# How does a merchant get a 125% reversal rate?

1. How does a merchant get a 125% reversal rate?
I was browsing through the PowerRank 100 list and noticed a merchant that has a reversal rate of 125%. How is this possible and why would they be ranked in the PowerRank 100 list??

I realize that there's a disclaimer at the top of the page that reads in part "PowerRank list is an attempt by the system to rank", but simple if this/then logic could easily exclude a merchant with over-the-top reversal rates to make room for other merchants.

2. Pleeeeeaseeeeee tell us who it is so I can sign up!!!!

(No, I can't spend 90 seconds scrolling through the PowerRank 100 to find it myself.)

Sorry, Midnight and I've had my second Scotch. (after a realllly bad day)

3. Don't forget that report shows 7 Day Reversal rate. If they had 4 sales, but reversed 5 including 1 or more from a previous week, that math will look interesting.

At least I think that's what's happening.

4. Alan, it's just a stab in the dark, but some merchants have a hold on sales so they don't lock for 60 days, or whatever length of time. Those sales probably don't show up for EPC or sales/commissions for the current period (it doesn't appear that they do), so there could be a skewed percentage based on when pending vs. locked sales and returns happen to hit the books.

Doing a mind-scan back to an accounting/bookkeeping background in a former life, I'd guess that it's an accounting issue: cash accounting vs accrual accounting.

I had two sales totaling \$1,666 in July, for a merchant who keeps sales pending for 60 days. The commission didn't reflect in my \$ amount until this month, when those sales locked. Now they do, and did the day they locked; so the EPC must be based on a cash-basis accounting system with the figures being based on locked sales and commissions.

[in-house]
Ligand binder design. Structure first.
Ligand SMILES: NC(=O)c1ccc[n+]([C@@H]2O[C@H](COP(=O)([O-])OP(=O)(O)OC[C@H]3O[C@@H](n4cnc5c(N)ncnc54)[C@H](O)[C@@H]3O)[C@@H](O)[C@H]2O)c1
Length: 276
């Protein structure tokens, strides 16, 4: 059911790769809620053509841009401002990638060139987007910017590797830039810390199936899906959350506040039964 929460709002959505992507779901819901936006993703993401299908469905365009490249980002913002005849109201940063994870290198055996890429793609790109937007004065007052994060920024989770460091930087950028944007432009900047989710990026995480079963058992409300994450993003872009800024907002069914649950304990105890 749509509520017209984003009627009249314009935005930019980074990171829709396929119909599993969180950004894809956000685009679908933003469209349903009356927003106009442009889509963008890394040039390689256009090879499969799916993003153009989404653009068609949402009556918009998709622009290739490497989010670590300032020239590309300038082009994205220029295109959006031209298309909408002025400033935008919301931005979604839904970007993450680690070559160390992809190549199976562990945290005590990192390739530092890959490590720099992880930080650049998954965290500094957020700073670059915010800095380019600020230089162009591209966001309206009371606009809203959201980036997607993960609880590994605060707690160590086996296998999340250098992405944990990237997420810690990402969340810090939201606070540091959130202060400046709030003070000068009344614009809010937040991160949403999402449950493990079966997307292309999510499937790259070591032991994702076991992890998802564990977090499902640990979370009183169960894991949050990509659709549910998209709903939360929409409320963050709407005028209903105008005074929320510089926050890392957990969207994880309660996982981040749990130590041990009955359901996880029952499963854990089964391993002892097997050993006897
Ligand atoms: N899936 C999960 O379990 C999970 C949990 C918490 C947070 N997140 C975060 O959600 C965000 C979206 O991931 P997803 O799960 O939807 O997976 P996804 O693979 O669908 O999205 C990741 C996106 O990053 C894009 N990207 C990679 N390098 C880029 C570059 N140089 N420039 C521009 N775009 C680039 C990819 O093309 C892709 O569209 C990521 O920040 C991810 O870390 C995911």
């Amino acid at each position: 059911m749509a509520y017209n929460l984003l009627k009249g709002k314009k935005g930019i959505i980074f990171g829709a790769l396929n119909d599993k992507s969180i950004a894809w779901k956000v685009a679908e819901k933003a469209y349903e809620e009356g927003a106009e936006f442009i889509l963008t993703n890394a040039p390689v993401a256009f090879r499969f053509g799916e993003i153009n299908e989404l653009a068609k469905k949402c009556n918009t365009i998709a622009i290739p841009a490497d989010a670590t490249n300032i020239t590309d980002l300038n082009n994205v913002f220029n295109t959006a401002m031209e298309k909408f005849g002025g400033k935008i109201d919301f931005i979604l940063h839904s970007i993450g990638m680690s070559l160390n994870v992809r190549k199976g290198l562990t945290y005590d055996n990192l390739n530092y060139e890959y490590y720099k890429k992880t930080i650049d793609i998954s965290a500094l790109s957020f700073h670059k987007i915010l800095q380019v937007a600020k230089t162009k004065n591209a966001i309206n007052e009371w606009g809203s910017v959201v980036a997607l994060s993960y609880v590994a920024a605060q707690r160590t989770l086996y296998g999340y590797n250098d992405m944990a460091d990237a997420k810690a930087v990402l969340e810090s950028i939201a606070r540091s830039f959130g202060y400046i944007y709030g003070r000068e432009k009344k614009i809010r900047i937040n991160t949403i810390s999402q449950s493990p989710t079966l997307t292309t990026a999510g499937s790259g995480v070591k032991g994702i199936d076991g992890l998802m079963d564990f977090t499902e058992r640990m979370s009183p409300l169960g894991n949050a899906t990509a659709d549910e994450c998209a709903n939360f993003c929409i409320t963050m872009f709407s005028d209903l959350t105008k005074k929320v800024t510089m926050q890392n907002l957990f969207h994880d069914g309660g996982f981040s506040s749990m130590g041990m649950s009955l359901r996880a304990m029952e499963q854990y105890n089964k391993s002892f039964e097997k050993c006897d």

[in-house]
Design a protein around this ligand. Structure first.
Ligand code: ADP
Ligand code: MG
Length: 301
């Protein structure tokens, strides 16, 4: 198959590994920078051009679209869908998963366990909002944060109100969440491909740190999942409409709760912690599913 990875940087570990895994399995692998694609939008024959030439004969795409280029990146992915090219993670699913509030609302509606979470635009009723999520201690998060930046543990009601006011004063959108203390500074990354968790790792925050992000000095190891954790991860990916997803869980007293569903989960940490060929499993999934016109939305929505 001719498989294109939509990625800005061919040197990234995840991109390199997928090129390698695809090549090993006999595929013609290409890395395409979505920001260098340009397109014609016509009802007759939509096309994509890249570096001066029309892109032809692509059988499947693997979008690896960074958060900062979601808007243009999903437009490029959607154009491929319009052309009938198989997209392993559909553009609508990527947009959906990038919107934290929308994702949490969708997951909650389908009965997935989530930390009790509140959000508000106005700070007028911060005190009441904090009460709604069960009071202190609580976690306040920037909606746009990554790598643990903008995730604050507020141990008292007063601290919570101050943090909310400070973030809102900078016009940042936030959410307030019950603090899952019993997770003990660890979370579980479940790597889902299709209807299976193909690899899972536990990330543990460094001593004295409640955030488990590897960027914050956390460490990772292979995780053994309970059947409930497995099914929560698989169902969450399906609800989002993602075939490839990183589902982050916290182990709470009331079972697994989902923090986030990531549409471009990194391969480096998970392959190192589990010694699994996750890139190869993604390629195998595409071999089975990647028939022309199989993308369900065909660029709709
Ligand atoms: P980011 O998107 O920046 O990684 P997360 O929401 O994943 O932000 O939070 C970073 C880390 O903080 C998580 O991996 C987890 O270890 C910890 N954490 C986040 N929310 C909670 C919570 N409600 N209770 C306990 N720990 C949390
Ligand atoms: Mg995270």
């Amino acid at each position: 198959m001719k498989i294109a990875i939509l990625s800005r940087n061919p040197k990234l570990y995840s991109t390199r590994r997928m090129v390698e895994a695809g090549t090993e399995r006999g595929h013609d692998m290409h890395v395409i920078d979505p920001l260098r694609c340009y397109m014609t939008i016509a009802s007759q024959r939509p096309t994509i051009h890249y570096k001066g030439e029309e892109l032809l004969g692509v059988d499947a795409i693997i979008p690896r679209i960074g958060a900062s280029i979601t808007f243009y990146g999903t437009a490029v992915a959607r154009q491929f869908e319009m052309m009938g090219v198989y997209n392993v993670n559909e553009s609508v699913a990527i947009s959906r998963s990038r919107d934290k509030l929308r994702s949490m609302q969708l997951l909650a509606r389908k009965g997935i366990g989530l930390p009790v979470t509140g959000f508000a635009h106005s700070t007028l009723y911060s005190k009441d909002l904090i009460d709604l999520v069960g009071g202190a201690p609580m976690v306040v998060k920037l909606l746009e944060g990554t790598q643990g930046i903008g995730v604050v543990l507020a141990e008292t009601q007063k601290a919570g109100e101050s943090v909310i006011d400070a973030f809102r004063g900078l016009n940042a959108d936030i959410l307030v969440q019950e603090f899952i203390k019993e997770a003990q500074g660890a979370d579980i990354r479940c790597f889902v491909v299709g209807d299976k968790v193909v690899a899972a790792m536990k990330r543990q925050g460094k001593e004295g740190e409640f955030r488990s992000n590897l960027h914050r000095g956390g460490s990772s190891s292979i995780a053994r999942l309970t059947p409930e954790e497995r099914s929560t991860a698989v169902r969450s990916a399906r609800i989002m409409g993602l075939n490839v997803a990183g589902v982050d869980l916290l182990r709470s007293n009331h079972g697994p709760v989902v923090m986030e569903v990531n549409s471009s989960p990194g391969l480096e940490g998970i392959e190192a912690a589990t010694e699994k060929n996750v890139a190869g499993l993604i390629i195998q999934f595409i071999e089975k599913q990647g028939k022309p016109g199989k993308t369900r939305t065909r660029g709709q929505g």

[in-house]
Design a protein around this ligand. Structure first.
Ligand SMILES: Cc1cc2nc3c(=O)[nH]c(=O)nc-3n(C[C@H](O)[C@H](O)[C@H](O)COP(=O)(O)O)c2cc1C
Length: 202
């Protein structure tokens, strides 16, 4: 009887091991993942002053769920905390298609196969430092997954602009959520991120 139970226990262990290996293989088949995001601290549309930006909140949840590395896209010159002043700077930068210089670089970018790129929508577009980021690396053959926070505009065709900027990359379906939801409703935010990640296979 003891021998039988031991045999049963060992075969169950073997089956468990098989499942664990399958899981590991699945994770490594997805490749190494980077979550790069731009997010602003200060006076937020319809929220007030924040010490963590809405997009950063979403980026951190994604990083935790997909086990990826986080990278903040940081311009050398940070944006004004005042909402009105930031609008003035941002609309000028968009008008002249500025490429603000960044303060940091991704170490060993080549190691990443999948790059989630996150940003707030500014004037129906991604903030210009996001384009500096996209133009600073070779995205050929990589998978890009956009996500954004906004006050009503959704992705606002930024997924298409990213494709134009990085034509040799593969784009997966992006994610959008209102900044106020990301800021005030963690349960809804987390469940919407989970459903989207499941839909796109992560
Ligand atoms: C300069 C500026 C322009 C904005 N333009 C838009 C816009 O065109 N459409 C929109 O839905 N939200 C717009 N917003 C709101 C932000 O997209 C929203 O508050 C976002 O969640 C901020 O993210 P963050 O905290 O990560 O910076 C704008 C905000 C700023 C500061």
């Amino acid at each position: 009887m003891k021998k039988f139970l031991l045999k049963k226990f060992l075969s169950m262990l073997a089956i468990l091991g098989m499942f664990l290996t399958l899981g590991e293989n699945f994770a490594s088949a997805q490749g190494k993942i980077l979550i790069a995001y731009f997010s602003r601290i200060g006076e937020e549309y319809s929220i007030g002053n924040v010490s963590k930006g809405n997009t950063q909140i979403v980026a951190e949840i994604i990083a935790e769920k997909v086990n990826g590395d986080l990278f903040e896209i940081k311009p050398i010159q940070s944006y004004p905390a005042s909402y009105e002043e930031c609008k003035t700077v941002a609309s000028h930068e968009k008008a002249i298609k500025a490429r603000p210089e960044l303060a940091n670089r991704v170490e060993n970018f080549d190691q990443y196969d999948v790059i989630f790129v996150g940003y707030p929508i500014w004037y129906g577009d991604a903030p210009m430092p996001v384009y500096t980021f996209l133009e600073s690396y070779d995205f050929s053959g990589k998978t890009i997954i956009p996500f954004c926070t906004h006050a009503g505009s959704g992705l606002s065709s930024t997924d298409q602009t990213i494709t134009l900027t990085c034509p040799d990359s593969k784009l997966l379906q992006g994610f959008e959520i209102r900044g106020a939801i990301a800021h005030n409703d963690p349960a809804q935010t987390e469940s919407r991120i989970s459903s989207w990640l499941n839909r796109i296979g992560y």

Since the commissions put to my account this month were accrued from two months prior, as would other July sales have been for that merchant, those wouldn't have been figured in the same way as cash (as opposed to accrual) sales would be. They more than likely didn't reflect in the EPC in July, and my guess is that there might be some kind of irregularity with how the current EPC is calculated when dealing with accrued sales, particularly with the 7 vs 30 day time frame.

If that's the case (or something somewhere in that ballpark), then one big return could wash out a few big sales if they're being debited/credited to that account in different ways with a different time-frame.

I missed this:

Don't forget that report shows 7 Day Reversal rate. If they had 4 sales, but reversed 5 including 1 or more from a previous week, that math will look interesting.
That said it MUCH quicker and less complicated than what I typed. One way or another, it's got to be a timing thing.

5. A couple months ago I did about 5 or so test sales to make sure everything was working fine... That was before I realized that I should use SASs' affiliate ID so the reversals of my test transactions didn't register... Oops!

So a merchant not knowingly can skyrocket their reversal rate when testing.

6. All good points everyone. As for placing test sales without clearing my cookies, I've been there/done that myself, so I know how reversals can sometimes look on the surface for a 7 day period. The example I looked at had high reversal rates for the past 7 and 30 days, so it just struck me as odd that they were listed in the PowerRank list.